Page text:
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    I've just been trying to do some indefinite integration (I have done up to but not beyond C4). In the end I gave up and went on to a web page that did it with steps - it turned out to be much easier than I had expected.

    My question is, how do these online integrators make decisions? Does anyone on TSR have an algorithm/method that they use to decide what to do that they would like to share?
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    (Original post by maggiehodgson)
    I've just been trying to do some indefinite integration (I have done up to but not beyond C4). In the end I gave up and went on to a web page that did it with steps - it turned out to be much easier than I had expected.

    My question is, how do these online integrators make decisions? Does anyone on TSR have an algorithm/method that they use to decide what to do that they would like to share?
    It's more intuition that you gain from repeated practice, you recognise even/odd functions, what substitutions to use, whether IBP works, etc...

    Basically, integration, imo, is more of an art that you perfect by practice than using an algorithm/method.
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    (Original post by Zacken)
    It's more intuition that you gain from repeated practice, you recognise even/odd functions, what substitutions to use, whether IBP works, etc...

    Basically, integration, imo, is more of an art that you perfect by practice than using an algorithm/method.
    Mmmm. I do agree that practice helps BUT these online algorithms don't have intuition. There must be a something somewhere.

    If all else fails I'll revisit C3 and C4 modules.

    Thanks
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    (Original post by maggiehodgson)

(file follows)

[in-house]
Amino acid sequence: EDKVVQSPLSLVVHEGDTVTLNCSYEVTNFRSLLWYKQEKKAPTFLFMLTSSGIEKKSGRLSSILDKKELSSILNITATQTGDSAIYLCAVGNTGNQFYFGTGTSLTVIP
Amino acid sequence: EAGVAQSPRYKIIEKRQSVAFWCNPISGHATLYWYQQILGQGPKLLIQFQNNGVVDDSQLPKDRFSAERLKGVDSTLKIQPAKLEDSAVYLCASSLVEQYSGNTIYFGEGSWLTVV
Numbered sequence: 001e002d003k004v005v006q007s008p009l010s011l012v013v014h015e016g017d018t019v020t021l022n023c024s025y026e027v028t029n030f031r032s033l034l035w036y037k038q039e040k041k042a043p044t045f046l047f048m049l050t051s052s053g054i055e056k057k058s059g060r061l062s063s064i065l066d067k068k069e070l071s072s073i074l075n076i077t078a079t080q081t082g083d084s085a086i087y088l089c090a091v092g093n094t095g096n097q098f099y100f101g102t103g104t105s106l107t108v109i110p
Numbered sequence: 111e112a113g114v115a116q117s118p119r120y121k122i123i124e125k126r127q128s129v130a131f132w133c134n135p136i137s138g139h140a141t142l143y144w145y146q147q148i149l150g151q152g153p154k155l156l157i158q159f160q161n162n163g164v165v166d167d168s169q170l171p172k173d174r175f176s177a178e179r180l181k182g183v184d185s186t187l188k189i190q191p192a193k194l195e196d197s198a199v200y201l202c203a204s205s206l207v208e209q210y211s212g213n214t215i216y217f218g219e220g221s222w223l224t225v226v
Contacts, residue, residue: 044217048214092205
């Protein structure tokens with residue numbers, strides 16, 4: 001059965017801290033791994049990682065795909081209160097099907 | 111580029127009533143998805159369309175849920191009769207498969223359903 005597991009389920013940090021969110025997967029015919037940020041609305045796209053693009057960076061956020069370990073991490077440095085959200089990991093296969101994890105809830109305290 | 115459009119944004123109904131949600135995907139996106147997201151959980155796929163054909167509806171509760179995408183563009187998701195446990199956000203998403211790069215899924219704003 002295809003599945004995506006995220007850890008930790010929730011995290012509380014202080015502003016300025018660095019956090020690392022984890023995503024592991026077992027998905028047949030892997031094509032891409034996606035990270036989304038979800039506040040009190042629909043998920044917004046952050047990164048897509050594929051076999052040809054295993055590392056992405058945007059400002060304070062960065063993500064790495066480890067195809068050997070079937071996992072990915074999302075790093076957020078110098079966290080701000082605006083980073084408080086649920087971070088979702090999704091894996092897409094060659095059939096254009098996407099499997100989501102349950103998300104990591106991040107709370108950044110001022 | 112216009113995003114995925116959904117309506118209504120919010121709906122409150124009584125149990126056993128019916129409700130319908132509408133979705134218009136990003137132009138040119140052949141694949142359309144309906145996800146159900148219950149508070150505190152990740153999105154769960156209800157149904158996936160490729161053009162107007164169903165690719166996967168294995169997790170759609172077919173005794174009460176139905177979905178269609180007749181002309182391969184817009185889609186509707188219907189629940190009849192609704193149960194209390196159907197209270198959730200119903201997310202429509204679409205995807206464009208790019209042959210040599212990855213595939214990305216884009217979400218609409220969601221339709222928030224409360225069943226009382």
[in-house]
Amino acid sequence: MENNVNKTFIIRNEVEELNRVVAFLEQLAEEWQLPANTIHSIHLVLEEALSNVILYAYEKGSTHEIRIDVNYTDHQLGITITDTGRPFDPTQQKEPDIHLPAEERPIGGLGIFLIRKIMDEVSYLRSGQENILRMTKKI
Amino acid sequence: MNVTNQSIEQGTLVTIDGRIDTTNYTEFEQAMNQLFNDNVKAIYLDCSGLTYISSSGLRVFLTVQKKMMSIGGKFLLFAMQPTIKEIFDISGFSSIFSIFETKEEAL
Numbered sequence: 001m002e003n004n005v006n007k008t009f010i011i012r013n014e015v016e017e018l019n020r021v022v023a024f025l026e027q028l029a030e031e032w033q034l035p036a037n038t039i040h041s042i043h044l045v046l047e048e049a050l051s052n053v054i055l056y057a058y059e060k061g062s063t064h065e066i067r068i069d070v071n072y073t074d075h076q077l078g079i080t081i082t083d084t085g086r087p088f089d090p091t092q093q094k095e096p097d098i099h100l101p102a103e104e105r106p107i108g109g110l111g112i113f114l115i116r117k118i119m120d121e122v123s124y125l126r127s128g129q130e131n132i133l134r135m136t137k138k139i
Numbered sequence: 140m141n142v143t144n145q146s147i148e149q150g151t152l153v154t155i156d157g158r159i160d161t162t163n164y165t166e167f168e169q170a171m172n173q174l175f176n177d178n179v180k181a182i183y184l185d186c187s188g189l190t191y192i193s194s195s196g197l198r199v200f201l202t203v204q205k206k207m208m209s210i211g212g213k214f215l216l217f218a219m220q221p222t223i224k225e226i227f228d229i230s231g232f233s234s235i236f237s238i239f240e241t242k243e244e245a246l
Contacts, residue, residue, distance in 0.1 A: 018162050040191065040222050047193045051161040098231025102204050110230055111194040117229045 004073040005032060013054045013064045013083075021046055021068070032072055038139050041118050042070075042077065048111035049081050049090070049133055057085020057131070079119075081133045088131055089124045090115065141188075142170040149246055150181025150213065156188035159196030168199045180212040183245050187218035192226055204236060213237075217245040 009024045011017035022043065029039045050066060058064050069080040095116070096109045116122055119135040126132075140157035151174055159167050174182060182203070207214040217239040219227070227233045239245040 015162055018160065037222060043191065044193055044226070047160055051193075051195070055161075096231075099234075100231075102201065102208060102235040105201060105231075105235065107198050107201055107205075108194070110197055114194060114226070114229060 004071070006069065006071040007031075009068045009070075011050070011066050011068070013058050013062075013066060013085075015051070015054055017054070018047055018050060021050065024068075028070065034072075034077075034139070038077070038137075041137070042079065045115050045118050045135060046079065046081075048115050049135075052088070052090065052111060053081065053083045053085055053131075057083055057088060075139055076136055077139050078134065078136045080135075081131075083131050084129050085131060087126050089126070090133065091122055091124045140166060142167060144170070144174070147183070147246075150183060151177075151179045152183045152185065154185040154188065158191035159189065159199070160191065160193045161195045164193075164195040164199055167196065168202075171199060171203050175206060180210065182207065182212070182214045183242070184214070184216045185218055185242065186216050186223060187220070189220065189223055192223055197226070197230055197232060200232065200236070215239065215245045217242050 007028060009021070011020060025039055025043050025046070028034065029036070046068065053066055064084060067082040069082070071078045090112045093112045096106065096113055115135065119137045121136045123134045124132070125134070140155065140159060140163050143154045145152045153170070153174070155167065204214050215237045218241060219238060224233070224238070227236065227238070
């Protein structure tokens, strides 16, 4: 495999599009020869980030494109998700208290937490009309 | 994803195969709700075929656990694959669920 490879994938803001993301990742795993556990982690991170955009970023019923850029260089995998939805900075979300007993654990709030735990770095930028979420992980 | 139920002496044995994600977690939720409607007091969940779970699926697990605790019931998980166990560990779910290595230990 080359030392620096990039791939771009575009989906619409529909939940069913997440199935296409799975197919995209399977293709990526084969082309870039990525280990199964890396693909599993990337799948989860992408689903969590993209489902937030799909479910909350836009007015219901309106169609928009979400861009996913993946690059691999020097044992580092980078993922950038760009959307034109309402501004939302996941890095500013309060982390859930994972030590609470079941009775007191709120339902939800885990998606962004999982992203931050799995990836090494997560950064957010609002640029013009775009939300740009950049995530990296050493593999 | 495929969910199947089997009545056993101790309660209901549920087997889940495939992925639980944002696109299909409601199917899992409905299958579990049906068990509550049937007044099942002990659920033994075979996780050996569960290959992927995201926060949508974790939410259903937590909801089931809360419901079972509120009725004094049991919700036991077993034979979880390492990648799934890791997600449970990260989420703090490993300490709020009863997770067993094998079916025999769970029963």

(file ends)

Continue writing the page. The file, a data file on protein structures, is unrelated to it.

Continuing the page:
Mmmm. I do agree that practice helps BUT these online algorithms don't have intuition. There must be a something somewhere.

    If all else fails I'll revisit C3 and C4 modules.

    Thanks
    Oh, no, of course they've got algorithms - but as a human, you'd be better off developing intuition and experience than trying to memorise the hundreds of complex algorithms that would be much more work than just practise.
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    (Original post by maggiehodgson)
    Mmmm. I do agree that practice helps BUT these online algorithms don't have intuition. There must be a something somewhat.
    http://stackoverflow.com/questions/3...ogrammatically

    Needless to say, this is not a good approach for someone who's just done C3/C4!
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    (Original post by DFranklin)
    http://stackoverflow.com/questions/3...ogrammatically

    Needless to say, this is not a good approach for someone who's just done C3/C4!
    Followed the link. whoa.

    Thanks
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    (Original post by maggiehodgson)

    My question is, how do these online integrators make decisions? Does anyone on TSR have an algorithm/method that they use to decide what to do that they would like to share?